"[I]t is important to have a broad consultation process that allows us to hear the views of communities, NGOs, researchers and businesses. These Web page submissions provide one of the tools to help achieve this," Jeremy Bird, CEO of the Vientiane-based MRC Secretariat, said in the statement.

It added that, under the 1995 Mekong Agreement that established the MRC, member countries must undergo a formal intergovernmental consultation process prior to the construction of dams on the river.

Damian Kean, a spokesman for the Secretariat, said by phone that although consultations have been ongoing, the Web site would help strengthen the body's Strategic Environmental Assessment (SEA), a preliminary assessment that will help guide the MRC's approach to dams proposed for the Mekong mainstream.

"The idea is to get public submissions so that there is a broader scope to the SEA," he told the Post, adding that this is the first time such a direct line to the public has been opened. Submissions will be accepted until December 1.

Much-needed transparency
Environmental groups said the call for direct public input was a positive step.

"The MRC's SEA could potentially contribute a deeper scientific understanding on the likely costs and benefits of the mainstream dams," said Carl Middleton, Mekong programme coordinator at International Rivers.

He added that the process could also lead to the release of information that is of vital interest to the public, which would be a welcome change from previous dam plans that have been prepared "behind closed doors".

Chhith Sam Ath, executive director of the NGO Forum on Cambodia, said that the public was unlikely to support the dam projects wholeheartedly due to their likely environmental and social impacts, though he urged the MRC to take public input seriously.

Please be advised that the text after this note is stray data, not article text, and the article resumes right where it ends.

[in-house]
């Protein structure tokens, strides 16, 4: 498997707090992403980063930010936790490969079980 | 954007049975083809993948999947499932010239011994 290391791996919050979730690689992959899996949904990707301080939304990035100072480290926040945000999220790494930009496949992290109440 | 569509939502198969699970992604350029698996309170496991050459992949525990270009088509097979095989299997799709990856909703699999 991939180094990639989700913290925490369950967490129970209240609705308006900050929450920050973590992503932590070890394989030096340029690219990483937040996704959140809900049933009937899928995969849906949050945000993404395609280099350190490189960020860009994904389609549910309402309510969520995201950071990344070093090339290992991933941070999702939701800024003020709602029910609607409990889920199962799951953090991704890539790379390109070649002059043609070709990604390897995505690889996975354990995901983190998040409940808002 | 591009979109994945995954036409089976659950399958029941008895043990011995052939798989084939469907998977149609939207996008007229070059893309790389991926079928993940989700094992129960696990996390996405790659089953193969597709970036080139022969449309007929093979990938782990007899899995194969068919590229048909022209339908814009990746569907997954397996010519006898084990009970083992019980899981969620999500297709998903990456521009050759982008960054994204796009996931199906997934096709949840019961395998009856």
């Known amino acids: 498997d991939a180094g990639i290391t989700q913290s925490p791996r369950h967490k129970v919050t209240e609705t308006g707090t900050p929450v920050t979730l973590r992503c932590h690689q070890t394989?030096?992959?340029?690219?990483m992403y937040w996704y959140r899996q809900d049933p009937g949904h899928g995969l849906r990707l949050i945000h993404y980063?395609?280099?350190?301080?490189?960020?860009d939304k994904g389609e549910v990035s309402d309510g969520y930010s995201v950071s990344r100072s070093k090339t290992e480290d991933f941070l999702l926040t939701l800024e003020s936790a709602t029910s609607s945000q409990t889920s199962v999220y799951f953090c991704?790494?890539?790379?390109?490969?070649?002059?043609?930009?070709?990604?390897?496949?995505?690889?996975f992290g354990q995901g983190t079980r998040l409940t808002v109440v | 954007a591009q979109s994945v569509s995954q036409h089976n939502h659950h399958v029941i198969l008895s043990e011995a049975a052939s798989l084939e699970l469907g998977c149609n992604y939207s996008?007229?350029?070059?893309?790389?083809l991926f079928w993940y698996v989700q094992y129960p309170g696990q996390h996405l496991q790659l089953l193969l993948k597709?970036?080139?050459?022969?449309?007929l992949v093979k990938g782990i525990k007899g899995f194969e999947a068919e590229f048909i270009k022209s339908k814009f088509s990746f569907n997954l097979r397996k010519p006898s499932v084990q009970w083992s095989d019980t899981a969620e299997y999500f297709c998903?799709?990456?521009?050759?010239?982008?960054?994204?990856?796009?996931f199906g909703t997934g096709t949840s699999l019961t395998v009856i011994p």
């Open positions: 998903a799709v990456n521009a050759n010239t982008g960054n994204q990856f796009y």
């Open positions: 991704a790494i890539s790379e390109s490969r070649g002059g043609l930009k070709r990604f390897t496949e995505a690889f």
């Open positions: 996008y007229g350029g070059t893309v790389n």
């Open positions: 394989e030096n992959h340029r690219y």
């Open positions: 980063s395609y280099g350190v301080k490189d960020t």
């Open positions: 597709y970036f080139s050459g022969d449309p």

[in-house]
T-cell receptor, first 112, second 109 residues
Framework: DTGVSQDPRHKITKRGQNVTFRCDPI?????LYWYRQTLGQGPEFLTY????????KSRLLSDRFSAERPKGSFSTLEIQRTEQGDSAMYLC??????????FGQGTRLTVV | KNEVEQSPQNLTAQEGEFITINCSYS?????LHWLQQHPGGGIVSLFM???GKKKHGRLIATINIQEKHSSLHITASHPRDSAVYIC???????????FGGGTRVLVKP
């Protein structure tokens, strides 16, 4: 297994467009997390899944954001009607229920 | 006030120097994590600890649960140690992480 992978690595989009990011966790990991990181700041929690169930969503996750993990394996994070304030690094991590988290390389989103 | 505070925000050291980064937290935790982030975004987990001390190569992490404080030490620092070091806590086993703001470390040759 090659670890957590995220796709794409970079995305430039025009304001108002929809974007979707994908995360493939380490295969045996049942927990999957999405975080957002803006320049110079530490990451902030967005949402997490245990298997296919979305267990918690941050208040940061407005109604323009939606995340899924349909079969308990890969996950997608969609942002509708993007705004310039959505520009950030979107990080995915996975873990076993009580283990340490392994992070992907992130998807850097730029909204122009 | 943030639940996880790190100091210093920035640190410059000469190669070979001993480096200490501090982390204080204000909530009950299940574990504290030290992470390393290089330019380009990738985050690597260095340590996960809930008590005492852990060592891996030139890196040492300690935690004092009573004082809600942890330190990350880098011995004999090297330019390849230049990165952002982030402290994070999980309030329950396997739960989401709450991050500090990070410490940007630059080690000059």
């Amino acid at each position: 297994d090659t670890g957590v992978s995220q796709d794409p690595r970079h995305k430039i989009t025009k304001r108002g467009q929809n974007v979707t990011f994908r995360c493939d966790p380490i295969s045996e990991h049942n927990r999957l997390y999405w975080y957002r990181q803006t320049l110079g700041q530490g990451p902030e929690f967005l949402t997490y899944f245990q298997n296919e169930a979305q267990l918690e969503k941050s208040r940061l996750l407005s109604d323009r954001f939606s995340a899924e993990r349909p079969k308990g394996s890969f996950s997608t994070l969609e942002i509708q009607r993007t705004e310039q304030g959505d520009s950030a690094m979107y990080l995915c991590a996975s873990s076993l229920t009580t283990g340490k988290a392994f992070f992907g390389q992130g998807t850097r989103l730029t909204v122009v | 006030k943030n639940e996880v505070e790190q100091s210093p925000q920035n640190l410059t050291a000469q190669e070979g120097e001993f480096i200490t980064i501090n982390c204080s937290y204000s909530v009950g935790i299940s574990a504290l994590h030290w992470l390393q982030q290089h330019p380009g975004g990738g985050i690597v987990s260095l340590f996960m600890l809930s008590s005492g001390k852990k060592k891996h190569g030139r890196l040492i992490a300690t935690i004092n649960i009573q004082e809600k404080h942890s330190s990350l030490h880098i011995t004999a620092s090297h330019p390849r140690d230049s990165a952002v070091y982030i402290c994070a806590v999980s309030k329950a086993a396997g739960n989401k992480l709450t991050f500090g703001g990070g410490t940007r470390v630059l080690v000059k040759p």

"I think it depends on the representatives of the governments in the region to be clear about how they can use the comments gathered from stakeholder consultations," he said.

"I would strongly suggest that the governments and the MRC take this seriously, and that decisions are made based on the comments that are collected."

Save the Mekong, a regional NGO coalition, claims that the lower Mekong dam projects - in addition to eight more planned or in operation on the upper reaches of the Mekong in China - will threaten regional food security and the livelihoods of millions of people, including thousands inside Cambodia.

Rights group criticises spate of CPP lawsuits

The Phnom Penh Post
Tuesday, 14 July 2009
Christopher Shay And Meas SokChea

Use of criminal lawsuits is part of an attempt to eliminate the opposition, rights group says.

THE Cambodian People's Party has enlisted the judiciary in an effort to eliminate the Sam Rainsy Party, effectively ending multiparty democracy in Cambodia, the Cambodian Centre for Human Rights (CCHR) claimed in a press release issued Monday.

The CPP-controlled government "is directly and systematically trying to dissolve the main opposition party by filing unfounded criminal lawsuits against its leaders", the press release said.

Ou Virak, president of the CCHR, told the Post on Monday that the government was targeting the pillars of a healthy democracy: lawyers, lawmakers and the media.

"If this trend continues, Cambodia will be controlled by a one-party state modelled after Vietnam and China," he said.